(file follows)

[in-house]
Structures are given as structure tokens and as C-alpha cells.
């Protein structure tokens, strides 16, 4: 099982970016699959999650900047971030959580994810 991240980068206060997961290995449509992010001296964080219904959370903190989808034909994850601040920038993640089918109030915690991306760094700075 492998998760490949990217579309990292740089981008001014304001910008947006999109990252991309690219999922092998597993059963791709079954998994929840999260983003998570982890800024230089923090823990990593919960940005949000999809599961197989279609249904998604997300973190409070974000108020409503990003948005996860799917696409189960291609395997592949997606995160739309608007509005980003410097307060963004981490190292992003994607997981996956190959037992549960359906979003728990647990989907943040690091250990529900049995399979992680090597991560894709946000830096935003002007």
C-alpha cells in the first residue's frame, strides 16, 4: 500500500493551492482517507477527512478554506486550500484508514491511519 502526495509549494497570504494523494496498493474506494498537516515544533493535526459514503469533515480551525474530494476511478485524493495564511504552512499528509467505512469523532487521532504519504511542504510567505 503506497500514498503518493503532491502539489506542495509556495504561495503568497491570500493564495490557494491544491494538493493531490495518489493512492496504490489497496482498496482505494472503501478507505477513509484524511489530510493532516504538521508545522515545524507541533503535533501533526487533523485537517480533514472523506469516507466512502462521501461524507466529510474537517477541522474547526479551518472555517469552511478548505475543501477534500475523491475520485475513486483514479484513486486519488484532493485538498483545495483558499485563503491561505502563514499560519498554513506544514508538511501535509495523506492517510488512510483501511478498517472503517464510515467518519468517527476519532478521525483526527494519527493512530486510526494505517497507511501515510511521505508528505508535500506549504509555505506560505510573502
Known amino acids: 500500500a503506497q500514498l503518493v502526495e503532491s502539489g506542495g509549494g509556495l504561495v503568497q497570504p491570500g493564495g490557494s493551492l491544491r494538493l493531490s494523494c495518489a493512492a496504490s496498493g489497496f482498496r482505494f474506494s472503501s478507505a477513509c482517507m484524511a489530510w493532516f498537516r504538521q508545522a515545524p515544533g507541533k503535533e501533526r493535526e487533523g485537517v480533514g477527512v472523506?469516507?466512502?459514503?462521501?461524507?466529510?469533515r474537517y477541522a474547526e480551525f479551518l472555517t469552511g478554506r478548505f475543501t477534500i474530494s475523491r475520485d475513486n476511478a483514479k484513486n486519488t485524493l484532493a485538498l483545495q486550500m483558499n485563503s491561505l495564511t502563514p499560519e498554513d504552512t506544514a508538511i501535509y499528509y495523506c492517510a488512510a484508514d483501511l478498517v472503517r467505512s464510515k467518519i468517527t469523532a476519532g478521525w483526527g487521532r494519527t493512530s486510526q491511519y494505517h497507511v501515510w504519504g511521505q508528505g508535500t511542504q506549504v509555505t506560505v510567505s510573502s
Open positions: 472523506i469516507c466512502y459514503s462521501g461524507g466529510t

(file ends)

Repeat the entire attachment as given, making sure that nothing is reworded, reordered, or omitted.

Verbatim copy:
[in-house]
Structures are given as structure tokens and as C-alpha cells.
């Protein structure tokens, strides 16, 4: 099982970016699959999650900047971030959580994810 991240980068206060997961290995449509992010001296964080219904959370903190989808034909994850601040920038993640089918109030915690991306760094700075 492998998760490949990217579309990292740089981008001014304001910008947006999109990252991309690219999922092998597993059963791709079954998994929840999260983003998570982890800024230089923090823990990593919960940005949000999809599961197989279609249904998604997300973190409070974000108020409503990003948005996860799917696409189960291609395997592949997606995160739309608007509005980003410097307060963004981490190292992003994607997981996956190959037992549960359906979003728990647990989907943040690091250990529900049995399979992680090597991560894709946000830096935003002007």
C-alpha cells in the first residue's frame, strides 16, 4: 500500500493551492482517507477527512478554506486550500484508514491511519 502526495509549494497570504494523494496498493474506494498537516515544533493535526459514503469533515480551525474530494476511478485524493495564511504552512499528509467505512469523532487521532504519504511542504510567505 503506497500514498503518493503532491502539489506542495509556495504561495503568497491570500493564495490557494491544491494538493493531490495518489493512492496504490489497496482498496482505494472503501478507505477513509484524511489530510493532516504538521508545522515545524507541533503535533501533526487533523485537517480533514472523506469516507466512502462521501461524507466529510474537517477541522474547526479551518472555517469552511478548505475543501477534500475523491475520485475513486483514479484513486486519488484532493485538498483545495483558499485563503491561505502563514499560519498554513506544514508538511501535509495523506492517510488512510483501511478498517472503517464510515467518519468517527476519532478521525483526527494519527493512530486510526494505517497507511501515510511521505508528505508535500506549504509555505506560505510573502
Known amino acids: 500500500a503506497q500514498l503518493v502526495e503532491s502539489g506542495g509549494g509556495l504561495v503568497q497570504p491570500g493564495g490557494s493551492l491544491r494538493l493531490s494523494c495518489a493512492a496504490s496498493g489497496f482498496r482505494f474506494s472503501s478507505a477513509c482517507m484524511a489530510w493532516f498537516r504538521q508545522a515545524p515544533g507541533k503535533e501533526r493535526e487533523g485537517v480533514g477527512v472523506?469516507?466512502?459514503?462521501?461524507?466529510?469533515r474537517y477541522a474547526e480551525f479551518l472555517t469552511g478554506r478548505f475543501t477534500i474530494s475523491r475520485d475513486n476511478a483514479k484513486n486519488t485524493l484532493a485538498l483545495q486550500m483558499n485563503s491561505l495564511t502563514p499560519e498554513d504552512t506544514a508538511i501535509y499528509y495523506c492517510a488512510a484508514d483501511l478498517v472503517r467505512s464510515k467518519i468517527t469523532a476519532g478521525w483526527g487521532r494519527t493512530s486510526q491511519y494505517h497507511v501515510w504519504g511521505q508528505g508535500t511542504q506549504v509555505t506560505v510567505s510573502s
Open positions: 472523506i469516507c466512502y459514503s462521501g461524507g466529510t